These example sentences are selected automatically from various online news sources to reflect current usage of the word 'moon.' Views expressed in the examples do not represent the opinion of Merriam-Webster or its editors. Send us feedback.

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First Known Use of moon

Noun

before the 12th century, in the meaning defined at sense 1a

Verb

1836, in the meaning defined at transitive sense 1

History and Etymology for moon

Noun and Verb

Middle English mone, from Old English mōna; akin to Old High German māno moon, Latin mensis month, Greek mēn month, mēnē moon

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Time Traveler for moon

Time Traveler

The first known use of moon was before the 12th century

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Statistics for moon

Last Updated

6 May 2020

Cite this Entry

“Moon.” Merriam-Webster.com Dictionary, Merriam-Webster, https://www.merriam-webster.com/dictionary/moon. Accessed 25 May. 2020.

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More Definitions for moon

moon

noun
How to pronounce moon (audio)

English Language Learners Definition of moon

 (Entry 1 of 2)

: the large round object that circles the Earth and that shines at night by reflecting light from the sun
: a large round object like the moon that circles around a planet other than the Earth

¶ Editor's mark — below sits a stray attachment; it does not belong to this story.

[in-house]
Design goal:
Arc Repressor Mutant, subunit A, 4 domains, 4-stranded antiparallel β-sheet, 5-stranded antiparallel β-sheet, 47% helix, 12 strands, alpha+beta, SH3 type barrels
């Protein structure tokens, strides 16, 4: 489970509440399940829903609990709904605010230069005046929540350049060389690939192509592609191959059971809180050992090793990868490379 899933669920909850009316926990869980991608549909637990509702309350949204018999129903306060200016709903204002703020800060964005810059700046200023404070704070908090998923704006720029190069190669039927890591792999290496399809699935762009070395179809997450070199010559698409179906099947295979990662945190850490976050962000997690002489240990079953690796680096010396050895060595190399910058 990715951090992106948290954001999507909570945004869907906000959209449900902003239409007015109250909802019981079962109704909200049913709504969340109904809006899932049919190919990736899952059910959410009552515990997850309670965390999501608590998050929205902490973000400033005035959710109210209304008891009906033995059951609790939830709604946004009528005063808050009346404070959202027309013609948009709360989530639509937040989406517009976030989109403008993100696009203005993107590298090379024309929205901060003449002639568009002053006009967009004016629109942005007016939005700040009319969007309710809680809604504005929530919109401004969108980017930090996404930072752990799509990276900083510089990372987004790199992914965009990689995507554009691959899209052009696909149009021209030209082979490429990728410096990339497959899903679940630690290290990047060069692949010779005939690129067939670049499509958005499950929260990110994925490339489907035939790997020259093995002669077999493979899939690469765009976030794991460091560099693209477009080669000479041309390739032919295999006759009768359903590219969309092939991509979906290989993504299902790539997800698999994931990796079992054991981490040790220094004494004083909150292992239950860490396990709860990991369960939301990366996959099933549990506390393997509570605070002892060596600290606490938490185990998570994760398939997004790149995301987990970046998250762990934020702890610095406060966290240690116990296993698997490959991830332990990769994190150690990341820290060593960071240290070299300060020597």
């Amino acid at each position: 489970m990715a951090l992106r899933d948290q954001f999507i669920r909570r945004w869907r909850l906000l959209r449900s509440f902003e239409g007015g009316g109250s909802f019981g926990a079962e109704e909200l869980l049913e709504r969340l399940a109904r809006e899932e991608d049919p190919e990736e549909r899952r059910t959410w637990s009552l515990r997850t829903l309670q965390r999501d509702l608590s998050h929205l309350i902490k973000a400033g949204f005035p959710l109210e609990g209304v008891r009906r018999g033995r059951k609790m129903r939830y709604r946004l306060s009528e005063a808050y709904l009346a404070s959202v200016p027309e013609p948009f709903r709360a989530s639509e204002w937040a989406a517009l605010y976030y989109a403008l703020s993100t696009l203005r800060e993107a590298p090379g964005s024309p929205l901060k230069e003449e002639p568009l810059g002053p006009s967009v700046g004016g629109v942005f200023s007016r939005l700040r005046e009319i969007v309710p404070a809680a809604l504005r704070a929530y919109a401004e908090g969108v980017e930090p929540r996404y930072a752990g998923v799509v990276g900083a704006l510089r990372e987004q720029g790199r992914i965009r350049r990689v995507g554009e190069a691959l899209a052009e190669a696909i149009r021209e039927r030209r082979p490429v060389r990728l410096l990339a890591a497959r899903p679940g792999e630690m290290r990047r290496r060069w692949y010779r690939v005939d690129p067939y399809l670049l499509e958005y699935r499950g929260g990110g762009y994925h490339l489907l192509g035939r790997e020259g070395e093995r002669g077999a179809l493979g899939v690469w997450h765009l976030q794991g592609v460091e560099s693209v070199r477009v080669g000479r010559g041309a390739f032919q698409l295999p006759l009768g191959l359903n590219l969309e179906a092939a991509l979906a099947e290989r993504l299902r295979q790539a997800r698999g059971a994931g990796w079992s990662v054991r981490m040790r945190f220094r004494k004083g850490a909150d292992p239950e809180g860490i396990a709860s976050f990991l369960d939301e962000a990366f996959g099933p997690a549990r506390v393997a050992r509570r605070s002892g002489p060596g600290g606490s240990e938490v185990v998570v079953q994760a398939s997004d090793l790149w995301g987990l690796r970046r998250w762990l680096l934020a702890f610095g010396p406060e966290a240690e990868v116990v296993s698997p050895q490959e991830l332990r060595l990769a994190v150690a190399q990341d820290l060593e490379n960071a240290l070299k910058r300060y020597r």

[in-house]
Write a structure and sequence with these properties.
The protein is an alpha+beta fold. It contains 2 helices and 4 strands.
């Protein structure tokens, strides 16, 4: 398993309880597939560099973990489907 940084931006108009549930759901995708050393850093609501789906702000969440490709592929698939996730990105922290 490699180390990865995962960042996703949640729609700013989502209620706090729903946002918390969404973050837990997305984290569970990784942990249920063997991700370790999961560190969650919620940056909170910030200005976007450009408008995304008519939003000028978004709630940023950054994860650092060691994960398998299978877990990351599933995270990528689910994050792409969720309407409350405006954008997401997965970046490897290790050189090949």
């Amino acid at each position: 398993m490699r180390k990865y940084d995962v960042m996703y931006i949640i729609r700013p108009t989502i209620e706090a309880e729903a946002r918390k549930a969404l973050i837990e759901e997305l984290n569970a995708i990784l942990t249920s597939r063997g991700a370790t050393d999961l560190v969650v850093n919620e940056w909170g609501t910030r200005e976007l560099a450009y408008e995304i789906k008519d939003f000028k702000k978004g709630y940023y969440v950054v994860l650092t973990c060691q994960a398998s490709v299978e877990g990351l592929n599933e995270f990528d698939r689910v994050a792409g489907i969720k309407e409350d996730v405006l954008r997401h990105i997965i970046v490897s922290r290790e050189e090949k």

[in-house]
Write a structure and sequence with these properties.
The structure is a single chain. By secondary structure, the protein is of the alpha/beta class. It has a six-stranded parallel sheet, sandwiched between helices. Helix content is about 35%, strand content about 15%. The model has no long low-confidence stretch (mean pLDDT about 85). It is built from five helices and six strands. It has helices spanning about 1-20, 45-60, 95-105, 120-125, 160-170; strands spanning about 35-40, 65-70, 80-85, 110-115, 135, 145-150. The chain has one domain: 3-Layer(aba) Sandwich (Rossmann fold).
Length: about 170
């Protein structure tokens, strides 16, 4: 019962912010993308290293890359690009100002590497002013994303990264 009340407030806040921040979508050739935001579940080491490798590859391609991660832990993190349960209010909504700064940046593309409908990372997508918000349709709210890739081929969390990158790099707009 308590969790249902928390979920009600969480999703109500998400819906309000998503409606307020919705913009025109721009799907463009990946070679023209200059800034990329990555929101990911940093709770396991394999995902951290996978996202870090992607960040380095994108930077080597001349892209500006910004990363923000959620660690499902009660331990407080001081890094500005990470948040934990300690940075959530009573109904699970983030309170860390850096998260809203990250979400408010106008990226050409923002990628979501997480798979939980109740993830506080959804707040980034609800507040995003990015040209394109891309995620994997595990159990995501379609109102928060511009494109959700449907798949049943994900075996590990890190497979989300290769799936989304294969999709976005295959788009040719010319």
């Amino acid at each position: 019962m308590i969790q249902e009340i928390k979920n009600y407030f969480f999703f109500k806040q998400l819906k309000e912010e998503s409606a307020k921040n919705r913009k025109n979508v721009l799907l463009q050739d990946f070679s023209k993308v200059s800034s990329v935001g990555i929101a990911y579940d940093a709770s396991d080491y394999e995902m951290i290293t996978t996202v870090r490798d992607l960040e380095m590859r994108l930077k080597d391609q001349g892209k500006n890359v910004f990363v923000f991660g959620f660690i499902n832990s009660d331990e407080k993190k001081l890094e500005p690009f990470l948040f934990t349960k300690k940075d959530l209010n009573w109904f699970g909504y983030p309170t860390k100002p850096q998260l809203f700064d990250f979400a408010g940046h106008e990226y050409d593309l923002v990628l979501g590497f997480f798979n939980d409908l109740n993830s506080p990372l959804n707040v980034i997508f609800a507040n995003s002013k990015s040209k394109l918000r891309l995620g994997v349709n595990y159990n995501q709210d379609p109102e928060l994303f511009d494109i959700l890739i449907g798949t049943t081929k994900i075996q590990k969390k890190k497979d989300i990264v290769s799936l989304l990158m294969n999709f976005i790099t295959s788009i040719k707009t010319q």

moon

verb

English Language Learners Definition of moon (Entry 2 of 2)

informal : to bend over and show your bare buttocks to someone as a rude joke or insult

moon

noun
\ ˈmün How to pronounce moon (audio) \

Kids Definition of moon

 (Entry 1 of 2)

1 : the natural heavenly body that shines by reflecting light from the sun and revolves about the earth in about 29¹/₂ days

moon

verb
mooned; mooning

Kids Definition of moon (Entry 2 of 2)

moon

noun
\ ˈmün How to pronounce moon (audio) \

Medical Definition of moon

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More from Merriam-Webster on moon

Thesaurus: All synonyms and antonyms for moon

Spanish Central: Translation of moon

Nglish: Translation of moon for Spanish Speakers

Britannica English: Translation of moon for Arabic Speakers